Messy spots. "If they don’t pop, then why do we see so many colliding galaxies? (…) Don’t those collisions qualify as 'messy spots'?" They're infinitesimal spots in space. I meant the commotions that are supposed to happen when your expanding bubbles break.

The two kinds of cosmic foam. "The cosmic foam of our universe is the ether foam of a super-universe, and the ether foam of our universe is the cosmic foam of a sub-universe." It seems like the cosmic foam at a certain level is the ether foam of the next level, going from the bottom to the top of a cosmic hierarchy. This is incomprehensible without further explanations. "Sub-universes" below our own level remain undefined.

Theory of the Breathing Universe. …a.k.a. the "Eternally Breathing Universe" or the "Lung Universe". I haven't come across this yet, so I hereby claim the concept as my own, and I think it agrees with the countless rhythmic natural phenomena and thus must be given priority over other theories. The Bouncing Universe is also rhythmic but it involves periodic conflagrations with utter destruction of all that is, and this disagrees with the harmony that characterizes Nature.

It could be, then, that the expansion we observe is part of an eternal, alternating expanding and contracting cycle of the cosmic foam or sponge, not an expansion that began with a Big Bang at a "singularity" and will 1) keep going until the scattering is irreversible and all the lights go off, or will 2) definitely stop, period, or will 3) stop and be followed by the Big Crunch, and then there would be endless repetitions (the Bouncing Universe).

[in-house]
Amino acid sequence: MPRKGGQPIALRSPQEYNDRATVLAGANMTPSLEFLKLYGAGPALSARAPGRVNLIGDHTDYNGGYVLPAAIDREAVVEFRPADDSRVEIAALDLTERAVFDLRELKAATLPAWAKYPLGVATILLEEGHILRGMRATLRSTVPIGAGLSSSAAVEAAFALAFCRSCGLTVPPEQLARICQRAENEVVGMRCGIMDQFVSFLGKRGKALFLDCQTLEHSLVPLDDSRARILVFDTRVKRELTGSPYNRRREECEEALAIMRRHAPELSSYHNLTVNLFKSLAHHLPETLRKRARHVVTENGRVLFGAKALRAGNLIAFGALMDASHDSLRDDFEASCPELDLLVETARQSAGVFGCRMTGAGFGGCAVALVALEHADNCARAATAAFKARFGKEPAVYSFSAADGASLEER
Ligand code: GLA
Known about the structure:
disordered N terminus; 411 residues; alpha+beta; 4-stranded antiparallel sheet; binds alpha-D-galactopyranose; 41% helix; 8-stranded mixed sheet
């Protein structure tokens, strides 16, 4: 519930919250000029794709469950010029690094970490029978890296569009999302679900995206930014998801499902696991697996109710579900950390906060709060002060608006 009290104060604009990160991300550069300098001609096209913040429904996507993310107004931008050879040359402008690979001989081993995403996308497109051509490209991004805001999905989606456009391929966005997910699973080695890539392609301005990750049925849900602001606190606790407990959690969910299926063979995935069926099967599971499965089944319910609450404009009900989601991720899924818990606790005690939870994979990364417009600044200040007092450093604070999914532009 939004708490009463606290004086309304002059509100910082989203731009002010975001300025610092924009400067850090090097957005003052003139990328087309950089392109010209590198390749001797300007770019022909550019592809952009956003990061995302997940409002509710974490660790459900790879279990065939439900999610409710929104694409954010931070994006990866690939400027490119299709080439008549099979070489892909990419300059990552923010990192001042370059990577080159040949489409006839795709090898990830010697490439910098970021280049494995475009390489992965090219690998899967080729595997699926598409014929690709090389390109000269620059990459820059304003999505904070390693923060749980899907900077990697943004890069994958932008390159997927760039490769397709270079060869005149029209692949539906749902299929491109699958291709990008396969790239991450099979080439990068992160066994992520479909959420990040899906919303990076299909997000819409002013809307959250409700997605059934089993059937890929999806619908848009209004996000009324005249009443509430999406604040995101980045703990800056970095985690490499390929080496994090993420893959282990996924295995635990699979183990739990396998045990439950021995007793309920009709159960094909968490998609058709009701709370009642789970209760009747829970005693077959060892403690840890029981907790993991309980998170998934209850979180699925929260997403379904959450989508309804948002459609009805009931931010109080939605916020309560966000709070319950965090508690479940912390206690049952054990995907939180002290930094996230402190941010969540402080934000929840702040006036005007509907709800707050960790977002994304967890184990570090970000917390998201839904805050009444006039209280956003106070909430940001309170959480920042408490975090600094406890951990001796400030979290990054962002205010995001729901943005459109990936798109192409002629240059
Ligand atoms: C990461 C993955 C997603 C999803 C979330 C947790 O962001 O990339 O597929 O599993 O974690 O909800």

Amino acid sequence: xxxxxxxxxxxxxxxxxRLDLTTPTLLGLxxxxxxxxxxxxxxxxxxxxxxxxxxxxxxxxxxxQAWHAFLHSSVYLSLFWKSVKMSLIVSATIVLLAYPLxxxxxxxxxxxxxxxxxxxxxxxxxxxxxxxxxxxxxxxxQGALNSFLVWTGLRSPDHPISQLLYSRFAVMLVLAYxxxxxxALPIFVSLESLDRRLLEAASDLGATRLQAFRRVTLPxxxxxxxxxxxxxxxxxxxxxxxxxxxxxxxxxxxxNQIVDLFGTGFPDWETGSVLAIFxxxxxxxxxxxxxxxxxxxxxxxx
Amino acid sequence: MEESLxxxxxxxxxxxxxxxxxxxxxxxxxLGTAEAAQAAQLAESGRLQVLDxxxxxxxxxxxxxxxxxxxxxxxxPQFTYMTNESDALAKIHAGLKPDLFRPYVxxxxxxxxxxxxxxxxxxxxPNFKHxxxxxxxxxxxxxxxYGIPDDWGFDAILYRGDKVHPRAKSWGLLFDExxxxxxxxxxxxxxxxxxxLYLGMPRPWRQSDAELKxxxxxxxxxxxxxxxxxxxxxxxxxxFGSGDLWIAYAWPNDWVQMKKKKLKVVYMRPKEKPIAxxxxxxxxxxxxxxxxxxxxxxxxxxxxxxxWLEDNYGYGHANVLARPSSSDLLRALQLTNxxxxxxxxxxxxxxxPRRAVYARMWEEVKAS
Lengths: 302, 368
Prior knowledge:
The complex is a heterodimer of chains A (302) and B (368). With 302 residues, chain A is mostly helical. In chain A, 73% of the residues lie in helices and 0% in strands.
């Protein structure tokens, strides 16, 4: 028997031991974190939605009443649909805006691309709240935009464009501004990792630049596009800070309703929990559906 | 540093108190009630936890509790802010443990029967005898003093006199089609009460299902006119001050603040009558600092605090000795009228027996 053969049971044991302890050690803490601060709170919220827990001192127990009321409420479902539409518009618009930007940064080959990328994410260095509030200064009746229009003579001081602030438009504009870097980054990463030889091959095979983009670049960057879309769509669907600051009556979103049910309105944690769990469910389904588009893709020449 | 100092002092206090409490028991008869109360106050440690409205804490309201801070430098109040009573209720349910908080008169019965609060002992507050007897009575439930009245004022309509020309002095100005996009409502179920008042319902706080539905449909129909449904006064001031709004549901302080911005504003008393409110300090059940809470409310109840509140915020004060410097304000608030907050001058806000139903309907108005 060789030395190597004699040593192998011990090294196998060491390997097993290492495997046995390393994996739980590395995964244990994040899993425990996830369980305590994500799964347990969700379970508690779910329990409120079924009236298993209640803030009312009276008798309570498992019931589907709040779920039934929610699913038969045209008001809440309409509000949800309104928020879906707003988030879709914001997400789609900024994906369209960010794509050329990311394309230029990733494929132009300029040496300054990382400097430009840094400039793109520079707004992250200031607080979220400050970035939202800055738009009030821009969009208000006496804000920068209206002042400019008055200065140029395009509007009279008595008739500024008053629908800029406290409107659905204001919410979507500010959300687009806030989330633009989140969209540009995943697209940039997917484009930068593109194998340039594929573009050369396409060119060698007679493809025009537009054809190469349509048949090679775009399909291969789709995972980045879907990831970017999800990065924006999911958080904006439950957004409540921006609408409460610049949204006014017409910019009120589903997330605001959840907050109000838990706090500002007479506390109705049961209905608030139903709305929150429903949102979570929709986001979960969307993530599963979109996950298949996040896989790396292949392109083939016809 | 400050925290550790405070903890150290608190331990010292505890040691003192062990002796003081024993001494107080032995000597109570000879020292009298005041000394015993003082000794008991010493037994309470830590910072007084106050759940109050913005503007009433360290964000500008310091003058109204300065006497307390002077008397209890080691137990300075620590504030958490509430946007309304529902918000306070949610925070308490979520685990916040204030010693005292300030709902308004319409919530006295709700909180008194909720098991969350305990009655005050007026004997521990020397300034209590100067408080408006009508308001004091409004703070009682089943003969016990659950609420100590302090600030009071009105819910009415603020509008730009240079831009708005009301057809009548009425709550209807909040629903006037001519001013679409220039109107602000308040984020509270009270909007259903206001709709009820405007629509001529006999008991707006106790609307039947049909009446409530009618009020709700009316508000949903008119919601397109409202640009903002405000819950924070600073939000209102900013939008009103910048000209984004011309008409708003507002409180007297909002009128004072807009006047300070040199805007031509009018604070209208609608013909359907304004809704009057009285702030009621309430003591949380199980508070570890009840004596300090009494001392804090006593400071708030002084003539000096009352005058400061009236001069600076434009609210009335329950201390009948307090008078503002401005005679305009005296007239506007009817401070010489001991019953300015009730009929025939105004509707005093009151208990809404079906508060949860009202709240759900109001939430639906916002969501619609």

In other words, the expansion doesn't get to the point where the structure breaks and galaxies start merging "en masse", nor does the contraction reach the point where everything is crammed into "infinite point density". The Universe has always been there. It's like a gigantic lung, inhaling (expanding) and exhaling (contracting). When it contracts things get messy and violent. That would be why, when one looks deeply enough in all directions, one sees images of a time when the Universe was more violent and chaotic, a time when the present expansion was starting and the Universe was recovering from the upheaval associated with the previous contraction.

It could be the only thing that exists, or just one of countless such spongy structures pulsating in an endless space. In that case one would have to ask 1) whether or not they all throb in unison, driven by the same rhythm, and 2) the usual, ultimate question: who or what keeps the beat or beats going. "And the beat goes on/And the beat goes on/…."





edit on 6-1-2011 by escapevelocity because: in the next-to-last paragraph a clause had to be added for enhanced clarity ("nor does the contraction etc.")



posted on Jan, 6 2011 @ 06:03 AM
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Sorry. I rushed and overlooked the other paragraphs about the types of foam and of universes, which sound like science-fiction, except, maybe, the revival of the old ether concept because, waves being nothing in themselves, and merely disturbances in a medium, electromagnetic waves must be evidence of a medium too subtle for us to detect. They refute this by saying that those waves are not of the same sort as water or sound waves and thus imply no underlying medium.

That has to do with my extravagant but logically consistent concept of space as an infinitely dense matrix, which belongs more to the realm of philosophy than to physics. Since nothingness is nonexistent by definition, then there is no such thing as "empty space". It has to be utterly packed with something.

The concept of sub-universes reminds one of the movie where a bead on a cat collar holds an entire galaxy. It's like the Russian Matrioshka dolls: universes within universes within universes, and so on.



posted on Jan, 6 2011 @ 06:30 AM
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Originally posted by Copernicus
Scientists also used redshifts to show how we are the center of the universe:

Center of the universe

[edit on 20-9-2009 by Copernicus]


This is not true. Redshift is indeed quantized a bit, but this is to be expected, because large-scale structure of universe has the form of filaments of galaxies separated by empty voids. The only case when redshift would not be quantized is if the galaxies would be distributed completely randomly. This is elementary stuff in cosmology.